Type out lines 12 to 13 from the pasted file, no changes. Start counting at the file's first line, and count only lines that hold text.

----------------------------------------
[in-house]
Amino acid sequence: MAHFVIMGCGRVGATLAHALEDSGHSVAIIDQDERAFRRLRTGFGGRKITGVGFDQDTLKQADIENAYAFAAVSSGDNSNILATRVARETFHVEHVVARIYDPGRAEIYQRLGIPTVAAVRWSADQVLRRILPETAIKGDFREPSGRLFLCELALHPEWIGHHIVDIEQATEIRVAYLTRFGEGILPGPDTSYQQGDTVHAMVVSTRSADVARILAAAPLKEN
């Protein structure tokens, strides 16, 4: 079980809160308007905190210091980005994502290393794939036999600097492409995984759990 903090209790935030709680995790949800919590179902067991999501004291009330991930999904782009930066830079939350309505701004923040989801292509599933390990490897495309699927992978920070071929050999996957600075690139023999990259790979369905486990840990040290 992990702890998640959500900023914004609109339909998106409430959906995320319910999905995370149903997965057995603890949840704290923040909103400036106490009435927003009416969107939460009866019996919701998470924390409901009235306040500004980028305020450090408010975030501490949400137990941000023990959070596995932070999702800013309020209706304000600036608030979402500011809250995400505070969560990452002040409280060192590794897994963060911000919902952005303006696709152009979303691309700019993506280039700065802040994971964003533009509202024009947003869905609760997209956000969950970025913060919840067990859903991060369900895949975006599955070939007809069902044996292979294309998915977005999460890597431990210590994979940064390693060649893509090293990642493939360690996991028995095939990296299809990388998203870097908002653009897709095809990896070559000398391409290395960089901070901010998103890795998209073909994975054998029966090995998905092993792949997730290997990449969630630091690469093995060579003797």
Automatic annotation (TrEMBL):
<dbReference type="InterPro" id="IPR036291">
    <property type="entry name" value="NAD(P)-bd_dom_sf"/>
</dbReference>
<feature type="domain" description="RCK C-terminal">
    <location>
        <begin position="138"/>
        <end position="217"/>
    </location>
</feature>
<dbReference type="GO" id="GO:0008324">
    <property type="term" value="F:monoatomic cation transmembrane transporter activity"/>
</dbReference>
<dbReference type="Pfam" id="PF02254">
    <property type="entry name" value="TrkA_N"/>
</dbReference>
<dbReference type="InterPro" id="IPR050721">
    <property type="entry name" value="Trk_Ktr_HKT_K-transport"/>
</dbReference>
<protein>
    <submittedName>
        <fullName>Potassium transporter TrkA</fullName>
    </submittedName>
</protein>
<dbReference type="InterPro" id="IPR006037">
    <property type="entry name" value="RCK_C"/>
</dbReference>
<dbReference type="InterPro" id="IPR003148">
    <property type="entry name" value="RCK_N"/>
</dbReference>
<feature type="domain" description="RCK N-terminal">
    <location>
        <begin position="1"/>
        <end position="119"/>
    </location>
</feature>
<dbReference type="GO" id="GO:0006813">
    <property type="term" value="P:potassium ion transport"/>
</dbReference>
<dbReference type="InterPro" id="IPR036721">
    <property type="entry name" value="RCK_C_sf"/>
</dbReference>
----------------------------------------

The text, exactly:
    </location>
</feature>